Published on June 20th, 2007 | by Christian Cawley
Well… Iâ€™m not sure if there is any point to watching Doctor Who any more â€“ after all how can it get better than an episode that saw Sir Derek Jacobi playing a kindly old scientist who is really the Master who steals the TARDIS and then regenerates into John Simm who is actually Mr Saxon, leaving the Doctor, Martha and of course the returning Captain Jack Harkness stranded at the end of the universe.
Thatâ€™s pretty exciting stuff, and I have to say that I sat spellbound for the full 45 minutes as the plot developed. Alright, it wasnâ€™t The Usual Suspects, but it was still different, despite the trademark half-sci-fi ideas of sharp-toothed degenerate “futurekind” humans running around a quarry chasing humans for food, an alien with an odd turn of speech and the bonkers dating (5 trillion?! It makes New Earth look like tomorrow!), a genial scientist and a race of humans looking for “utopia”.
As per usual with a Russell T Davies script, it was the dialogue and the performances that made the adventure. Graeme Harperâ€™s direction, too, minimised the use of the quarry and enhanced the quality of the turns, with Sir Derek Jacobiâ€™s Professor Jana sharing centre stage with the returning John Barrowman as Captain Jack Harkness.
With a story that builds in tempo as the plot progresses, culminating in one of the most iconic moments in Doctor Who ever (up there with the Daleks in the Void Ship at the end of Army of Ghosts), you have to step back and congratulate the director, Graeme Harper for his marvellous work on the episode (particularly the lighting in the “I. Am. The Master!” moment) and Murray Goldâ€™s tribe-rock soundtrack. At one point I thought it was going to break into Iron Maidenâ€™s “The Number of the Beast” with the muted power chords and reveal of the Master.
The presence of Derek Jacobi meanwhile rose (if that is possible) the performance of David Tennant. He has been absolutely tip-top all season, displaying toned down, darker performance years away from the “Who ya gonna call!?” moment of Army of Ghosts. In fact I would go so far as to compare the difference in his performance with the difference between Tom Bakerâ€™s in The Ark in Space and The RIbos Operation. So there I go again, comparing the Tenth Doctor with the Fourth. Just give me a reason to favour you over him, David â€“ another 5 years?
Speaking of giving more time to the role â€“ I would have gratefully taken hours more of Jacobi as the Master. Wonderful, effortless, sublime â€“ superlatives, each and every one of them, but he possesses such presence and grace; Iâ€™ve never looked forward to a performance and been so happily rewarded in many a year.
Tying up the mystery of “You Are Not Alone” was inspired; Professor Yana (I spent most of the episode thinking it was spelt “Yarner”, and I was probably not alone in that) being the answer to The Face of Boeâ€™s riddle, however, is another matter entirely. After all, if you cast your mind back to the two adventures on New Earth, Boe seemed to know the Doctor of old…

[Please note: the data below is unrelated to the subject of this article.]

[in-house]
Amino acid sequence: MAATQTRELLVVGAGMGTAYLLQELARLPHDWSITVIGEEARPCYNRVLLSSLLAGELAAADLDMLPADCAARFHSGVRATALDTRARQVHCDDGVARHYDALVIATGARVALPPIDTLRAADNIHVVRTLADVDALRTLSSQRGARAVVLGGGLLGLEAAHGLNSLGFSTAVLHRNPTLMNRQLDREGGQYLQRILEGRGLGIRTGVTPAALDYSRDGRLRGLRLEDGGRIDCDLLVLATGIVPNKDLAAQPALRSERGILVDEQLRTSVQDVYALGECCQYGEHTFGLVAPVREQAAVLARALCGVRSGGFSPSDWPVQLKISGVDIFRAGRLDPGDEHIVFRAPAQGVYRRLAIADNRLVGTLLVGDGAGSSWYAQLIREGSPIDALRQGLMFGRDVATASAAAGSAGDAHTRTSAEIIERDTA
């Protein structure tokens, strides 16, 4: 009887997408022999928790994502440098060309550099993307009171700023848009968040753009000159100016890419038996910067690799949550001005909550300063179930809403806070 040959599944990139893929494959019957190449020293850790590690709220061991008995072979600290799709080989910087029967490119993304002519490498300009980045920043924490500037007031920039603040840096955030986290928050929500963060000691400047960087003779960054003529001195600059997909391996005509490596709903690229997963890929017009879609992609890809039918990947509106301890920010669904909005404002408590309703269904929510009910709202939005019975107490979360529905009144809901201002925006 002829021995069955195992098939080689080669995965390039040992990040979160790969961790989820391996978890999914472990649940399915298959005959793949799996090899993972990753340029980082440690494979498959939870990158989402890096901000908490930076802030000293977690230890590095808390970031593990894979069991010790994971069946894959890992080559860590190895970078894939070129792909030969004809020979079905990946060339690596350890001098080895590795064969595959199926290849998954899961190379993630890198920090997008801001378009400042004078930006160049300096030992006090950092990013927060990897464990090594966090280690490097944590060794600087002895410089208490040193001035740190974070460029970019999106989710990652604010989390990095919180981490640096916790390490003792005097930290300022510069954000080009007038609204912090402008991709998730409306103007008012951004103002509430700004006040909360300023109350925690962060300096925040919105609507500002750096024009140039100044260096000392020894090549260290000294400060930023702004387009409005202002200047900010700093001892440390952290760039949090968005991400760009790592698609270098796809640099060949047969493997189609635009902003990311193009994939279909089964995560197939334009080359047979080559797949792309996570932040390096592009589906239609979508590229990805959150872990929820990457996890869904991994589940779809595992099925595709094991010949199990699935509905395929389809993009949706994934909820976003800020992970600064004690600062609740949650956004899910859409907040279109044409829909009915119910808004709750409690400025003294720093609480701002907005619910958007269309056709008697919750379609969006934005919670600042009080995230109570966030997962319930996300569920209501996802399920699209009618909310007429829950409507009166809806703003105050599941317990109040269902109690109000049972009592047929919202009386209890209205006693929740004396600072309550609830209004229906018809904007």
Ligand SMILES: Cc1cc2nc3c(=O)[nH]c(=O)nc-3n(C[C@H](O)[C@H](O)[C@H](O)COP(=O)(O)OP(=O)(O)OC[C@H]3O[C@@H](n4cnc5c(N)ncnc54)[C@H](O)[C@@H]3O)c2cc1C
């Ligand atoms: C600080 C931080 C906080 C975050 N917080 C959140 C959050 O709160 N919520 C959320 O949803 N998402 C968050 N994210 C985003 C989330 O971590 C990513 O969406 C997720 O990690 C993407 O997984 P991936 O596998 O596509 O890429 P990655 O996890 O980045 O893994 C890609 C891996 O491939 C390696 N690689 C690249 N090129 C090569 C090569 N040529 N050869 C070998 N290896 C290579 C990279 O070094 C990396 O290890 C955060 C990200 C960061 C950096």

chan-What did you think of the wonderful alien creature, Chantho-tho? Personally I found her quite lovely, and I hadnâ€™t felt so fond of an alien since the female Eldrad in The Hand of Fear. Her interaction with Martha was reminiscent of that between Rose and Gwyneth in The Unquiet Dead, too, very watchable.
Ah. Rose. There she is again. Now I fully expected mention of the blonde bombshell in an episode featuring the return of Jack, but I didnâ€™t expect the Doctor and Jack to go beyond the “Sheâ€™s fine!” moment. Was it too much? Is it necessary to the plot? I donâ€™t know, only the production team in Wales know, but right now it feels too much. Then again, this is Series 3, currently the finest weâ€™ve even seen in Doctor Whoâ€™s long history, and there is very little to complain about so far…
While it was good to see John Barrowman back doing what he does best as Captain Jack, erasing memories of the miserable version from Torchwood, the explanation for the Doctor leaving him in The Parting of the Ways seemed a little â€“ I donâ€™t know â€“ wrong? I suspect, however, that there is more to learn about old Jacky-boy, just as there is with the Master…
A self-indulgent, yet completely validated nod-to-the-past took place as Professor Yana opened his Gallifreyan watch, and long-term Doctor Who fans the world over were rewarded with the evil chuckle of Anthony Ainley and a snippet of Roger Delgado from The Daemons. It was a joy to behold, and I suspect that even at this point casual viewers were still watching as this unassuming man became the embodiment of eternal evil as opposed to switching off in their droves because they felt excluded. This wasnâ€™t “Look itâ€™s the Master, this is for the Fans, we donâ€™t care what you think” â€“ instead it was “Look â€“ the Doctor isnâ€™t the last Time Lord. Thereâ€™s another, and he is BAD!”
Climaxing on THAT cliffhanger, with an omnisexual, 200 year old Time Agent trying to stop a tribe of Futurekind heroes from ripping the TARDIS team to shreds as the old girl departed, was a Master-stroke, and having watched the last 12 minutes 7 times, I suspect Series 3 is going to get even better.